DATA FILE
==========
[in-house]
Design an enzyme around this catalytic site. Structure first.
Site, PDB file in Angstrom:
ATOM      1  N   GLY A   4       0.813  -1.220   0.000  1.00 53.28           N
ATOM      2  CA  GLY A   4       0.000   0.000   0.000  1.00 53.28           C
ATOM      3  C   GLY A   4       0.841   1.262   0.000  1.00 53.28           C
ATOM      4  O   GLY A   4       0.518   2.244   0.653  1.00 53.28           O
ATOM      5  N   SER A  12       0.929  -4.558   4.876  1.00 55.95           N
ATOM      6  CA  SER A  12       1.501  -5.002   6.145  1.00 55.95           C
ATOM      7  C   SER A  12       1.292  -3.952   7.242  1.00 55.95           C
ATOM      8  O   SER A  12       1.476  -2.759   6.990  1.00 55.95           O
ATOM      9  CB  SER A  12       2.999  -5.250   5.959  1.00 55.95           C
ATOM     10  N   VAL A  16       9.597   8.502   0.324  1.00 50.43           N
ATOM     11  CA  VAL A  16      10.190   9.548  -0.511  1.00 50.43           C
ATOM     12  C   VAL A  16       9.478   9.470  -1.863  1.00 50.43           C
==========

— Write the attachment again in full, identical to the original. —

[in-house]
Design an enzyme around this catalytic site. Structure first.
Site, PDB file in Angstrom:
ATOM      1  N   GLY A   4       0.813  -1.220   0.000  1.00 53.28           N
ATOM      2  CA  GLY A   4       0.000   0.000   0.000  1.00 53.28           C
ATOM      3  C   GLY A   4       0.841   1.262   0.000  1.00 53.28           C
ATOM      4  O   GLY A   4       0.518   2.244   0.653  1.00 53.28           O
ATOM      5  N   SER A  12       0.929  -4.558   4.876  1.00 55.95           N
ATOM      6  CA  SER A  12       1.501  -5.002   6.145  1.00 55.95           C
ATOM      7  C   SER A  12       1.292  -3.952   7.242  1.00 55.95           C
ATOM      8  O   SER A  12       1.476  -2.759   6.990  1.00 55.95           O
ATOM      9  CB  SER A  12       2.999  -5.250   5.959  1.00 55.95           C
ATOM     10  N   VAL A  16       9.597   8.502   0.324  1.00 50.43           N
ATOM     11  CA  VAL A  16      10.190   9.548  -0.511  1.00 50.43           C
ATOM     12  C   VAL A  16       9.478   9.470  -1.863  1.00 50.43           C